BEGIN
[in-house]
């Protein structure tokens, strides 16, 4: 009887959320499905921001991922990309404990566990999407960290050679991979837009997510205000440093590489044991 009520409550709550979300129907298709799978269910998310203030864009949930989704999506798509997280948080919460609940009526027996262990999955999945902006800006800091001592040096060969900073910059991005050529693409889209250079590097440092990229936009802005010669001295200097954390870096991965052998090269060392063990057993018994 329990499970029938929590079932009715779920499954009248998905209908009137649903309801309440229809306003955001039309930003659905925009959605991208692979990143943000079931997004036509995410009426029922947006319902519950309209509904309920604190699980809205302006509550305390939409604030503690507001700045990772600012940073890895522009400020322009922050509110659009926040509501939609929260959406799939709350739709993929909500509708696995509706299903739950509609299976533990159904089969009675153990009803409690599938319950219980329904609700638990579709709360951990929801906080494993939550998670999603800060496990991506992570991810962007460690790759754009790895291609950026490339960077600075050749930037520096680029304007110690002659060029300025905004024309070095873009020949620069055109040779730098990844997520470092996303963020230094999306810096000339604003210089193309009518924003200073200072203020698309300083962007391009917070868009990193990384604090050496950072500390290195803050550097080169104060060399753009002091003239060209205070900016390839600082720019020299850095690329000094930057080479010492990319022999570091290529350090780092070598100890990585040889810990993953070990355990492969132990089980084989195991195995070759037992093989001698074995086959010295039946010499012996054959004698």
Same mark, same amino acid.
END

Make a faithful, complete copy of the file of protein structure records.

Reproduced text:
[in-house]
């Protein structure tokens, strides 16, 4: 009887959320499905921001991922990309404990566990999407960290050679991979837009997510205000440093590489044991 009520409550709550979300129907298709799978269910998310203030864009949930989704999506798509997280948080919460609940009526027996262990999955999945902006800006800091001592040096060969900073910059991005050529693409889209250079590097440092990229936009802005010669001295200097954390870096991965052998090269060392063990057993018994 329990499970029938929590079932009715779920499954009248998905209908009137649903309801309440229809306003955001039309930003659905925009959605991208692979990143943000079931997004036509995410009426029922947006319902519950309209509904309920604190699980809205302006509550305390939409604030503690507001700045990772600012940073890895522009400020322009922050509110659009926040509501939609929260959406799939709350739709993929909500509708696995509706299903739950509609299976533990159904089969009675153990009803409690599938319950219980329904609700638990579709709360951990929801906080494993939550998670999603800060496990991506992570991810962007460690790759754009790895291609950026490339960077600075050749930037520096680029304007110690002659060029300025905004024309070095873009020949620069055109040779730098990844997520470092996303963020230094999306810096000339604003210089193309009518924003200073200072203020698309300083962007391009917070868009990193990384604090050496950072500390290195803050550097080169104060060399753009002091003239060209205070900016390839600082720019020299850095690329000094930057080479010492990319022999570091290529350090780092070598100890990585040889810990993953070990355990492969132990089980084989195991195995070759037992093989001698074995086959010295039946010499012996054959004698």
Same mark, same amino acid.